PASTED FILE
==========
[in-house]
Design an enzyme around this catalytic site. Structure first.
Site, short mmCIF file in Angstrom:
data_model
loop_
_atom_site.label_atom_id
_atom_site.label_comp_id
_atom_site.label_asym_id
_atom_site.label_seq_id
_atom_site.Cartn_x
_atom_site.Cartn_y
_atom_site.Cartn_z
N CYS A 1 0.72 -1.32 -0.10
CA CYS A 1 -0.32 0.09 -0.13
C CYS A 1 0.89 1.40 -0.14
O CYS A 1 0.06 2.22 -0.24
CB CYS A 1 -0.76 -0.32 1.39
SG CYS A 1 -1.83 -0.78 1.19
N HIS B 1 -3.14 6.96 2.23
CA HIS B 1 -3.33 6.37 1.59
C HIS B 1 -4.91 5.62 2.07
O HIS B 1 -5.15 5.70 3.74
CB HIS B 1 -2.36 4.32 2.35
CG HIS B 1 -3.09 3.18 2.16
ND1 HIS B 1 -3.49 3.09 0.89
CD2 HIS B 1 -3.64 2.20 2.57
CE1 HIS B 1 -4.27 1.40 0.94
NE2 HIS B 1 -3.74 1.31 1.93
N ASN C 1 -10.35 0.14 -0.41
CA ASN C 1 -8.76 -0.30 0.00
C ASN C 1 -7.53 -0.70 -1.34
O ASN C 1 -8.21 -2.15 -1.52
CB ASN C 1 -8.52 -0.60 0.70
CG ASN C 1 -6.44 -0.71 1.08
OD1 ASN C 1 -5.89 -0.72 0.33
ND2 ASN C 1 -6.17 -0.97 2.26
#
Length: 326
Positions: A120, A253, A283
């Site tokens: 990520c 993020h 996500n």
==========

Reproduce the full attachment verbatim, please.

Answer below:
[in-house]
Design an enzyme around this catalytic site. Structure first.
Site, short mmCIF file in Angstrom:
data_model
loop_
_atom_site.label_atom_id
_atom_site.label_comp_id
_atom_site.label_asym_id
_atom_site.label_seq_id
_atom_site.Cartn_x
_atom_site.Cartn_y
_atom_site.Cartn_z
N CYS A 1 0.72 -1.32 -0.10
CA CYS A 1 -0.32 0.09 -0.13
C CYS A 1 0.89 1.40 -0.14
O CYS A 1 0.06 2.22 -0.24
CB CYS A 1 -0.76 -0.32 1.39
SG CYS A 1 -1.83 -0.78 1.19
N HIS B 1 -3.14 6.96 2.23
CA HIS B 1 -3.33 6.37 1.59
C HIS B 1 -4.91 5.62 2.07
O HIS B 1 -5.15 5.70 3.74
CB HIS B 1 -2.36 4.32 2.35
CG HIS B 1 -3.09 3.18 2.16
ND1 HIS B 1 -3.49 3.09 0.89
CD2 HIS B 1 -3.64 2.20 2.57
CE1 HIS B 1 -4.27 1.40 0.94
NE2 HIS B 1 -3.74 1.31 1.93
N ASN C 1 -10.35 0.14 -0.41
CA ASN C 1 -8.76 -0.30 0.00
C ASN C 1 -7.53 -0.70 -1.34
O ASN C 1 -8.21 -2.15 -1.52
CB ASN C 1 -8.52 -0.60 0.70
CG ASN C 1 -6.44 -0.71 1.08
OD1 ASN C 1 -5.89 -0.72 0.33
ND2 ASN C 1 -6.17 -0.97 2.26
#
Length: 326
Positions: A120, A253, A283
């Site tokens: 990520c 993020h 996500n």